Documentary about Taiwan 'Love Boat' summer tour in the works
Taipei, May 11 (CNA) A feature-length documentary film about a venerable annual summer study tour of Taiwan titled "Love Boat: Taiwan" is currently in the planning stages by an American professor who once participated in the program.
San Francisco State University Asian American Studies professor and filmmaker Valerie Soe is producing a film about the Overseas Compatriot Youth Summer Formosa Study Tour to Taiwan, more commonly known by its colorful nickname the "Love Boat." Ostensibly intended as a Chinese language and culture program, it has gained much fame as an opportunity for romance among expatriate Taiwanese youth.
The program was launched by the Overseas Compatriot Affairs Commission (now known as the Overseas Community Affairs Council) and the China Youth Corps in 1966 with about 70 students, and by its peak in the 1990s and early 2000s, it had 1,200 participants in two locations.
Soe asserted that from its inception "the Love Boat served three purposes: as a diplomatic tool for the Taiwanese government, as a place for young Taiwanese Americans to find romance, and as a means for Taiwanese American parents to insure the preservation of their bloodlines."
Despite its moniker, the six-week summer program actually took place entirely on dry land on two campuses, one at the Chien Tan Overseas Youth Activity Center in Taipei and the other at National Taiwan Ocean University in Keelung. Discontinued in 2013, the program was open to youths aged 16 to 27 of Chinese or Taiwanese descent living overseas for a modest fee as low as US$400 (excluding airfare) back in its heyday in the 1980s.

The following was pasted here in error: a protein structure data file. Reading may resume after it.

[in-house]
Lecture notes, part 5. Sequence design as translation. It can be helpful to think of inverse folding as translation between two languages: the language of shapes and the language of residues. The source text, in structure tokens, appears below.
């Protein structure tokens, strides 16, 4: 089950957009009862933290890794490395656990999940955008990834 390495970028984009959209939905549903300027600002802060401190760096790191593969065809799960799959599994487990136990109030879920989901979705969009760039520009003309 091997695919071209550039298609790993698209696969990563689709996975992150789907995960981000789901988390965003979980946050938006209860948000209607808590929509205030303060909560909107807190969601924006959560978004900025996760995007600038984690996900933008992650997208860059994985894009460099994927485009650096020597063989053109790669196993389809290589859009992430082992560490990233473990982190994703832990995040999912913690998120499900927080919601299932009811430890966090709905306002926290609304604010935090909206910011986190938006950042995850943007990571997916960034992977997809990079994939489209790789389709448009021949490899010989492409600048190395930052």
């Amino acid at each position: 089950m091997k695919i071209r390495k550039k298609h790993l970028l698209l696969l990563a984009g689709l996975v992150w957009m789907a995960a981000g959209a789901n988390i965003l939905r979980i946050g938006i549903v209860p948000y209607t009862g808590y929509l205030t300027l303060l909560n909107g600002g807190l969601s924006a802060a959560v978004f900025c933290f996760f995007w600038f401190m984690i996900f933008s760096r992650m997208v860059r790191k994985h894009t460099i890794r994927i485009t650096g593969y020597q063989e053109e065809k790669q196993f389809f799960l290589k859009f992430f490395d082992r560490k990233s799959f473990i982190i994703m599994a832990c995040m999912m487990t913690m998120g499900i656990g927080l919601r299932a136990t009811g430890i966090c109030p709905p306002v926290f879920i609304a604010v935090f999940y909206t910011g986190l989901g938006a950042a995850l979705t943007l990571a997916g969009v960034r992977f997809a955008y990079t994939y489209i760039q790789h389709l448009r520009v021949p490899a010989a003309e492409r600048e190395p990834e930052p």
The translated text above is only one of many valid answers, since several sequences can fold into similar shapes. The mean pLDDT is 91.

Photo courtesy of Valerie Soe
Over the decades, many participants raved about such a low-cost opportunity to study Mandarin, martial arts, painting and tour around Taiwan's most famous spots.
The program seems to have had some success as many have come away with a better understanding of Taiwan, greater interest in the language and culture, lasting friendships and in some cases even a spouse.
According to Soe, the program's strategy of mixing fun with politics paid off, "By leavening its lessons in history and politics with the promise of romantic adventure, the Love Boat is an ingenious example of diplomacy and political persuasion at its best."
Soe wants to delve deeper into the origins of the program by conducting “key interviews with the Taiwanese government officials who dreamed up and organized the Love Boat, the local counselors who worked on the Love Boat, and the Taiwanese American and Chinese American ex-pats whose summer on the Love Boat convinced them to move to Asia."
Photo courtesy of Valerie Soe
She also plans on documenting a modern-day equivalent to the study program in Taiwan this summer.
With the aim of completing the film in 2018, Soe is now running a crowdfunding campaign on Indiegogo to support the costs of producing the film, including on-location filming in Taiwan, North America and Europe. Thus far, the crowdfunding site has raised US$18,730 out of a goal of US$50,000, with 11 days left to go.
For those interested in taking part in the crowdfunding for this film, click Before Tinder, there was the Taiwan Love Boat
There are a couple similar government-sponsored summer study programs still operating. The Overseas Community Affairs Council currently runs the Expatriate Youth Taiwan Study Tour
The China Youth Corps currently operates the 2016 Taiwan Study Tour for Overseas Youth
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